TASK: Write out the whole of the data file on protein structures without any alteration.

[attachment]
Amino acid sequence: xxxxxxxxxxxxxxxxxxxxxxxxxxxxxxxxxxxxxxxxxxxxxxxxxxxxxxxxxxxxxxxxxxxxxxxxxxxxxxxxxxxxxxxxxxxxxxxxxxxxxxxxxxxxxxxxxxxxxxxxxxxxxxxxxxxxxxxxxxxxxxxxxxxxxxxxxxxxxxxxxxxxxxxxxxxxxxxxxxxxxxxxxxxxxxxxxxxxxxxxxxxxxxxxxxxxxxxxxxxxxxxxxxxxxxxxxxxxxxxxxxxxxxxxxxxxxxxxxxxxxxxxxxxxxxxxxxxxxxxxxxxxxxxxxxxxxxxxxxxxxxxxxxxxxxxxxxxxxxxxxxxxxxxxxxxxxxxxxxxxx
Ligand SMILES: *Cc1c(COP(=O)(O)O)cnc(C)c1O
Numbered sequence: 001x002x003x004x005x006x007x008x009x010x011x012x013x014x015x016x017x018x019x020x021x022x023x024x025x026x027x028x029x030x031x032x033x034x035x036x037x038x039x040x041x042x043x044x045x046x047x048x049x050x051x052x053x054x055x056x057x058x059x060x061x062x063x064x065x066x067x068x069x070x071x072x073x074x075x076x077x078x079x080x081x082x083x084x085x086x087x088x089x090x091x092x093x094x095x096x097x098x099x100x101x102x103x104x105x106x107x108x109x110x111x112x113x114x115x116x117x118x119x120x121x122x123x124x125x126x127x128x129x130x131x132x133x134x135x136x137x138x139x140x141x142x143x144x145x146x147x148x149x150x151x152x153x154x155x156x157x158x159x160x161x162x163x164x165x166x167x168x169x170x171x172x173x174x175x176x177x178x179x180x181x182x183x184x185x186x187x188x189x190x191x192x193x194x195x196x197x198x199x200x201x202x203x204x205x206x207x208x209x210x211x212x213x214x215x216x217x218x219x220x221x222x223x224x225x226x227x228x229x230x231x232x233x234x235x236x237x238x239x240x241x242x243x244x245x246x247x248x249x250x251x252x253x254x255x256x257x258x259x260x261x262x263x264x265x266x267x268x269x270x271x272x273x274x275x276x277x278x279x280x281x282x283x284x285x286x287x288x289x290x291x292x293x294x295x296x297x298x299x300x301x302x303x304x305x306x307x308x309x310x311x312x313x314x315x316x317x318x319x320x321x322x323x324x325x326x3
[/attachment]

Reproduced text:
Amino acid sequence: xxxxxxxxxxxxxxxxxxxxxxxxxxxxxxxxxxxxxxxxxxxxxxxxxxxxxxxxxxxxxxxxxxxxxxxxxxxxxxxxxxxxxxxxxxxxxxxxxxxxxxxxxxxxxxxxxxxxxxxxxxxxxxxxxxxxxxxxxxxxxxxxxxxxxxxxxxxxxxxxxxxxxxxxxxxxxxxxxxxxxxxxxxxxxxxxxxxxxxxxxxxxxxxxxxxxxxxxxxxxxxxxxxxxxxxxxxxxxxxxxxxxxxxxxxxxxxxxxxxxxxxxxxxxxxxxxxxxxxxxxxxxxxxxxxxxxxxxxxxxxxxxxxxxxxxxxxxxxxxxxxxxxxxxxxxxxxxxxxxxx
Ligand SMILES: *Cc1c(COP(=O)(O)O)cnc(C)c1O
Numbered sequence: 001x002x003x004x005x006x007x008x009x010x011x012x013x014x015x016x017x018x019x020x021x022x023x024x025x026x027x028x029x030x031x032x033x034x035x036x037x038x039x040x041x042x043x044x045x046x047x048x049x050x051x052x053x054x055x056x057x058x059x060x061x062x063x064x065x066x067x068x069x070x071x072x073x074x075x076x077x078x079x080x081x082x083x084x085x086x087x088x089x090x091x092x093x094x095x096x097x098x099x100x101x102x103x104x105x106x107x108x109x110x111x112x113x114x115x116x117x118x119x120x121x122x123x124x125x126x127x128x129x130x131x132x133x134x135x136x137x138x139x140x141x142x143x144x145x146x147x148x149x150x151x152x153x154x155x156x157x158x159x160x161x162x163x164x165x166x167x168x169x170x171x172x173x174x175x176x177x178x179x180x181x182x183x184x185x186x187x188x189x190x191x192x193x194x195x196x197x198x199x200x201x202x203x204x205x206x207x208x209x210x211x212x213x214x215x216x217x218x219x220x221x222x223x224x225x226x227x228x229x230x231x232x233x234x235x236x237x238x239x240x241x242x243x244x245x246x247x248x249x250x251x252x253x254x255x256x257x258x259x260x261x262x263x264x265x266x267x268x269x270x271x272x273x274x275x276x277x278x279x280x281x282x283x284x285x286x287x288x289x290x291x292x293x294x295x296x297x298x299x300x301x302x303x304x305x306x307x308x309x310x311x312x313x314x315x316x317x318x319x320x321x322x323x324x325x326x3